The Scottish Government has been consulting on ironing out some of the wrinkles in the freshly modernised planning system. Here’s a thought for another tweak:
The complaints about the performance of Local Review Bodies (LRBs) are, to some extent, to be expected – LRBs after all are intended to provide more summary treatment for smaller applications. However, the feedback I’ve had suggests that there is at least a perception that the quality of decision-making can be uneven (as an example, in a previous blog I’ve mentioned that LRBs do not appear to have applied the “new matters” rule uniformly with each other or with reporters).
But the problem for anyone who’s got a gripe about the way they have been treated by an LRB is that the only remedy they have is to take their case to the Court of Session for a statutory appeal or judicial review on a point of law. The new planning system was designed to treat each application in a manner proportionate to its scale. Given that LRBs by definition deal with smaller developments, it seems disproportionate to require an applicant to pay the costs of counsel and Edinburgh agents to represent them to get a remedy for an LRB’s misinterpretation of a tree report in an application for a single house (for instance).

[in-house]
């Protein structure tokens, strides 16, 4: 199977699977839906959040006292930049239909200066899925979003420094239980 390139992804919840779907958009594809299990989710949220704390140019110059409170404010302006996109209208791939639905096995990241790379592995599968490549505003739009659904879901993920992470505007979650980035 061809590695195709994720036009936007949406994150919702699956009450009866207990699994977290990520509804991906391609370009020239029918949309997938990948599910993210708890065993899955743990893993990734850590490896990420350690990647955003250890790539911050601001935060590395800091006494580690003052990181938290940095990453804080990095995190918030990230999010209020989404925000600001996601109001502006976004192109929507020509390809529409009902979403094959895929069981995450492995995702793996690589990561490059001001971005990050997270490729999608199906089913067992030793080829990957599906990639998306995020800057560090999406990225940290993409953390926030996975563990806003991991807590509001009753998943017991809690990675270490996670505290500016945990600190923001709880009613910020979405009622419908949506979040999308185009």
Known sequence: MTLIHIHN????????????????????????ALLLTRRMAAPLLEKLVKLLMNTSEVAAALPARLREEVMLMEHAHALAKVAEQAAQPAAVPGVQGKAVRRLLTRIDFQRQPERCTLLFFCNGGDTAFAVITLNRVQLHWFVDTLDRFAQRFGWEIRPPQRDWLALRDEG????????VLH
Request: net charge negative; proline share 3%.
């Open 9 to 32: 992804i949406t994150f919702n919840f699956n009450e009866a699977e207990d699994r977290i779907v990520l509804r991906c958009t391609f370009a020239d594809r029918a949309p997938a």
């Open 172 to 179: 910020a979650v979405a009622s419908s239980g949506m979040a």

So, why not make statutory appeals from decisions of the LRB (presently dealt with by the Court of Session) a matter for the Sheriff? This would have the advantage of providing local justice at a proportionate cost for the local developer or objector. The Sheriff would not be asked to deal with the planning merits, simply matters of law: was the decision outwith the LRB’s powers? Was there a failure to adhere to proper procedure by which the appellant was substantially prejudiced? Sheriffs are used to dealing with similar statutory appeals from local authority decisions on liquor licensing, taxi licensing, statutory access rights and many more – so why not LRB decisions?
I’m inspired by the inhabitants of the Menie Estate to suggest petitioning Parliament for this change. Anyone with me?
On January 19, 2011